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What's really protected under the first amendment?

Created: 05/23/2014 11:17 PM WHEC.com

After controversial remarks about the transgender community, talk show hosts Kimberley Ray and Barry Beck were suspended and subsequently fired. Friday, the pair issued an apology -- saying "our attempt was to discuss a controversial healthcare issue; however our lack of sensitivity and understanding of the transgender people and their plight created 12 minutes of radio that we wish we could take back."

Many have argued that their comments are protected by the constitution, even if they do offend some people. So News10NBC took quandary to a civil liberties attorney.

While talk show hosts may have the right under the constitution to express themselves and not fear government intervention. That right doesn't necessarily protect them in the private sector. Entercom Media, the company that employed them, determined their words were "hateful" and crossed the line.

Paul Polyak was born in the Ukraine where people could speak freely, but even as an American, with the protections of the constitution, he says people should be careful.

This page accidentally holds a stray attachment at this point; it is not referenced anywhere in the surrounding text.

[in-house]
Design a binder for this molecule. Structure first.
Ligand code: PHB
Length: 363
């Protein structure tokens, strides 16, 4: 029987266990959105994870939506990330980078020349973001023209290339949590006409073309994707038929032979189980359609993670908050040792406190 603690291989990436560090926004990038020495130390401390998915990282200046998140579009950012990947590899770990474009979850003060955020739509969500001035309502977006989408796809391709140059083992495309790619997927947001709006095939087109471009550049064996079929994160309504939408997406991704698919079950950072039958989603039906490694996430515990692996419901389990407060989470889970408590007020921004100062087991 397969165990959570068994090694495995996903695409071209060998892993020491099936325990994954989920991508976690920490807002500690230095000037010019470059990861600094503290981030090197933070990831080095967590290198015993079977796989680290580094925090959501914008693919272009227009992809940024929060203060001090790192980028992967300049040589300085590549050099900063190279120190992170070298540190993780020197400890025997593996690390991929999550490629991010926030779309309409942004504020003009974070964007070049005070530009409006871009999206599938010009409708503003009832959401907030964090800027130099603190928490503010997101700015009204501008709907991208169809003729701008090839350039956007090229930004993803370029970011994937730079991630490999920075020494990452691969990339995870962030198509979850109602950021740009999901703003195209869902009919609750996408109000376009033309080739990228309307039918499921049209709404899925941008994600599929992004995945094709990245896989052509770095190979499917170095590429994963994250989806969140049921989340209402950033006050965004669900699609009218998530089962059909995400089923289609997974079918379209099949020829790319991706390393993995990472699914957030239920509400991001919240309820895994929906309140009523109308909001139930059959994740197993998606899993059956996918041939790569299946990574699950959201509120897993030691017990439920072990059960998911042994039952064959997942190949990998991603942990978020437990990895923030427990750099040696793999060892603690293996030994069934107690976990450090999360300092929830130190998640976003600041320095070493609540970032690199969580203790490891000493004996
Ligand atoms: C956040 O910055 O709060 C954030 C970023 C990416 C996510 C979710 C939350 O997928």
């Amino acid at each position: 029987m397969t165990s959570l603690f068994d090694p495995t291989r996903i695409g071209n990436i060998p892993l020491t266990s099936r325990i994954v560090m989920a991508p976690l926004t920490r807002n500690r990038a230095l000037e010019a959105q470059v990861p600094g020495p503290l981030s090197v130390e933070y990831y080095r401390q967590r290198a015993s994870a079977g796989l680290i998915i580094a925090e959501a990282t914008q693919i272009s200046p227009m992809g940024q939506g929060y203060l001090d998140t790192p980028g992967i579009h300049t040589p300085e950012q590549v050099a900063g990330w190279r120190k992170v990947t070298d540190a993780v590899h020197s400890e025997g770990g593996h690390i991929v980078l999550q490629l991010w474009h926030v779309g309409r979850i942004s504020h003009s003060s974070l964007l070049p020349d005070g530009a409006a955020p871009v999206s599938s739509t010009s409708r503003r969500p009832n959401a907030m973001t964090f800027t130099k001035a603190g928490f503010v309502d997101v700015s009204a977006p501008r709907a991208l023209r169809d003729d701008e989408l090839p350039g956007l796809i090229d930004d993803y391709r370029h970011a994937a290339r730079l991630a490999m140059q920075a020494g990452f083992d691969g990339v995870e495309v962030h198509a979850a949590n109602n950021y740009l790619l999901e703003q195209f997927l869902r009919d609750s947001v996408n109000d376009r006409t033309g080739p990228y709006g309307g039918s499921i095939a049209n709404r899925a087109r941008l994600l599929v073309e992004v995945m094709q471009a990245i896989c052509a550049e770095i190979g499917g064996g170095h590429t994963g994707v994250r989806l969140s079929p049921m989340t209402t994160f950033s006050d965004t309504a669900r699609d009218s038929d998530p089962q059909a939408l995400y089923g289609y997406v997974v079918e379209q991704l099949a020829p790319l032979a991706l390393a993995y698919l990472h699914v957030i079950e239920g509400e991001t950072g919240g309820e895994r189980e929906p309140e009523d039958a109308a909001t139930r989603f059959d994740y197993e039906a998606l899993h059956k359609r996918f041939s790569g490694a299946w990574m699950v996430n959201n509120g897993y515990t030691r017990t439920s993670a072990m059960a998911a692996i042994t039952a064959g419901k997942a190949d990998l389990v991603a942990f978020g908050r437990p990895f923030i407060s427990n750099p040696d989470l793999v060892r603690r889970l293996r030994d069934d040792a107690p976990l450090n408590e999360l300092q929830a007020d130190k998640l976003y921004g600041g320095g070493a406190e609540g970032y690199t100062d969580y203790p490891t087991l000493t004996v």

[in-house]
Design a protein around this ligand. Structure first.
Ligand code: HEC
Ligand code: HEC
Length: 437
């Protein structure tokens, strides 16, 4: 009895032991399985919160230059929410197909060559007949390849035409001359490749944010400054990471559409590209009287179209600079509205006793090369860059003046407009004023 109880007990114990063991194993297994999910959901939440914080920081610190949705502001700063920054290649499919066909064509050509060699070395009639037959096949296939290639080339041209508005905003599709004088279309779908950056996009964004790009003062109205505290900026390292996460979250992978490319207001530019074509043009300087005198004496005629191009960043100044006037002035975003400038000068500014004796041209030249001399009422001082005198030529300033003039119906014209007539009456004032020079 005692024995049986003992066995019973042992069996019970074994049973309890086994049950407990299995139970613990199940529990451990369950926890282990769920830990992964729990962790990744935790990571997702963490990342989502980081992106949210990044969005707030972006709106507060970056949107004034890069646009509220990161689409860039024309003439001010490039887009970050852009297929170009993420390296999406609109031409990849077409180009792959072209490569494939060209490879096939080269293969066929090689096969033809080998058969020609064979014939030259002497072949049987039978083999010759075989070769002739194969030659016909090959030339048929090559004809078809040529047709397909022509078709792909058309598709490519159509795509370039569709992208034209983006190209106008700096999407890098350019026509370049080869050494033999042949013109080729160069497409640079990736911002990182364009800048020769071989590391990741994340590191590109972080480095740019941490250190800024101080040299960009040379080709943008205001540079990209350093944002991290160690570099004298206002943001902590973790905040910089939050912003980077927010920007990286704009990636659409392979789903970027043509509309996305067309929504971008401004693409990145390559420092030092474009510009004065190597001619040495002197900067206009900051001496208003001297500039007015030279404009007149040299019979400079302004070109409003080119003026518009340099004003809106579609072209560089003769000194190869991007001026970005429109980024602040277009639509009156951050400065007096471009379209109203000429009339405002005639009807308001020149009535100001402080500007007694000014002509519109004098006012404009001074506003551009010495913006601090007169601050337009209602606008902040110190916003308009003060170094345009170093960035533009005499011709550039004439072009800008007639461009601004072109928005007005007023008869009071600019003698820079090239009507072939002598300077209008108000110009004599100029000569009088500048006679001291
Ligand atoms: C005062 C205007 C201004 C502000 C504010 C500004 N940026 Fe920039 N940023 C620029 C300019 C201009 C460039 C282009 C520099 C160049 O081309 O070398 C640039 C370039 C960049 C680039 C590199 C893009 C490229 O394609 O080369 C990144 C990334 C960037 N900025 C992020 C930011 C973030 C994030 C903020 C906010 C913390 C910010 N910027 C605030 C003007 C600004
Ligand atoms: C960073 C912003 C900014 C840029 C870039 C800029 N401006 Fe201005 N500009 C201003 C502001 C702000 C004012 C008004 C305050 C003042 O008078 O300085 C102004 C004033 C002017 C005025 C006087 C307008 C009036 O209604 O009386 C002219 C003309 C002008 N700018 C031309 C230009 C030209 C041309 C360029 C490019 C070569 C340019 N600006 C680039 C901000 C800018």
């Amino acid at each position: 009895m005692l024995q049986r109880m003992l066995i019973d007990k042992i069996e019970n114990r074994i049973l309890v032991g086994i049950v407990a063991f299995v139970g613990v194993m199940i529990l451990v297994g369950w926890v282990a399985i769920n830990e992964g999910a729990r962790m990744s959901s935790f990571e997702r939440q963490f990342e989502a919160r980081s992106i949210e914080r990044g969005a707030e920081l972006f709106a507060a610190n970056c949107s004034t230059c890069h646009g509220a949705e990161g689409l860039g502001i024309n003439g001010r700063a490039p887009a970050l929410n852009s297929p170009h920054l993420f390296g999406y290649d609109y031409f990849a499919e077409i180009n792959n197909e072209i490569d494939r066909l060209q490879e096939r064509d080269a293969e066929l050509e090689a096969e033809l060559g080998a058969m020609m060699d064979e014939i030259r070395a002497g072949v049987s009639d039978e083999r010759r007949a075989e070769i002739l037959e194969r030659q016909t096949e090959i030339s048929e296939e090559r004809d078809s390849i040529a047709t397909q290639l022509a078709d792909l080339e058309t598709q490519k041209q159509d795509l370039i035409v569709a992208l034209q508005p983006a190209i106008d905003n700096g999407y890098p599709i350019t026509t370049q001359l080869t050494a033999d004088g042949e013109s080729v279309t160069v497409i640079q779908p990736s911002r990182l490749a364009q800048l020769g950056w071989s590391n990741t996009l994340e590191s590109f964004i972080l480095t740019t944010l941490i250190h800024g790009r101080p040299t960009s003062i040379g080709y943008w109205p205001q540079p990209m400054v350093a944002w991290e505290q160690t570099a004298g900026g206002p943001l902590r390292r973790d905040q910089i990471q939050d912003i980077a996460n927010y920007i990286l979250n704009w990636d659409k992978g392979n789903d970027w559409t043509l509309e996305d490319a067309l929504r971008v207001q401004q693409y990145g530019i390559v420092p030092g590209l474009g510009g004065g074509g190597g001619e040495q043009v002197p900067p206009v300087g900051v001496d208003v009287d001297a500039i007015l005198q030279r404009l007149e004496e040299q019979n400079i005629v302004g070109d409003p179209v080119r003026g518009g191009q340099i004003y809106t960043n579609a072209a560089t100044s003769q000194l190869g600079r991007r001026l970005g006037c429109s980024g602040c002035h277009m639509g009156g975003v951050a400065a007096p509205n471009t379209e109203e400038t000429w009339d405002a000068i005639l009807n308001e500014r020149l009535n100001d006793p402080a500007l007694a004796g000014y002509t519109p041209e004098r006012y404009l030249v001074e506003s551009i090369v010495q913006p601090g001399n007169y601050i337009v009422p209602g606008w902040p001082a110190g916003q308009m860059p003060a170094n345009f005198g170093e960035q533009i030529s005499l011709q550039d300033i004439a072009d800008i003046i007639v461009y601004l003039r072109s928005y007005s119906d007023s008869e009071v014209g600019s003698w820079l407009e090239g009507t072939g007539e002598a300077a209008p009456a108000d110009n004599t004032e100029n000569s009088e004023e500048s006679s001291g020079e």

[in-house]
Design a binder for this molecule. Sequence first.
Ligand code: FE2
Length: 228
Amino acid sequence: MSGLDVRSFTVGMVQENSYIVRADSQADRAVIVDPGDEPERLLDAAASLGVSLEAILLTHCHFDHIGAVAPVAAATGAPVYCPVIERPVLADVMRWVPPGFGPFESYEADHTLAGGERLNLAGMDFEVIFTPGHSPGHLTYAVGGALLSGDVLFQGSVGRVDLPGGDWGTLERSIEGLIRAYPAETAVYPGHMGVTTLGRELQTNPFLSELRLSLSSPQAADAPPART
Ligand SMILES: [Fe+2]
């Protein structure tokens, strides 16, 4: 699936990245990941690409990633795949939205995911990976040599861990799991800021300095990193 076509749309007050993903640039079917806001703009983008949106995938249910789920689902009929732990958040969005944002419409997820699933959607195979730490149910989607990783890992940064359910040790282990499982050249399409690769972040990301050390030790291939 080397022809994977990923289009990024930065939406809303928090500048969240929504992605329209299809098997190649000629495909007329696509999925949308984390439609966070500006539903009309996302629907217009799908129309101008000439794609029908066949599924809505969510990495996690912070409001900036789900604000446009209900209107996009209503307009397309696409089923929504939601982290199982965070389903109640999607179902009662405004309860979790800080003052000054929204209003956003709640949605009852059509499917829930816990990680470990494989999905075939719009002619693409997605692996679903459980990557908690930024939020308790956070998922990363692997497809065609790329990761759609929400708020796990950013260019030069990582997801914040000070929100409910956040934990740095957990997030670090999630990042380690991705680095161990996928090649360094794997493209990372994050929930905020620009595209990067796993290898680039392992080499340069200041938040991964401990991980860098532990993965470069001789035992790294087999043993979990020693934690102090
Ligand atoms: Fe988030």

Polyak tells us, "I think you do have the right to say whatever you want to say, but you are held accountable for your words.so if you're saying something in the public domain, there are repercussions for what you say."

Rochester resident Latrice Halter agrees. Especially in situations where people are speaking publicly.

Halter says, "I believe they should be held accountable for what they say, because what you say can hurt other people even though you have the right or the freedom to say it."

But what does the constitution guarantee all americans? We turned to civil liberties lawyer Scott Forsyth.

He says, "People many times confuse the right to speak out and with the first amendment and the limitations of the first amendment."

Forsyth says the first amendment embodies the principal that free speech allows the free flow of ideas and we benefit from that. But he says there are limits.

"The first amendment does protect you from certain government reaction to your speech, but it doesn't protect you from private responses to your speech."

Mary Anne MacDonald worries our freedoms are being eroded.

She says, "What makes America is that we are able to say what we want when we want, but now we have to be careful because somebody's offended and that's wrong."





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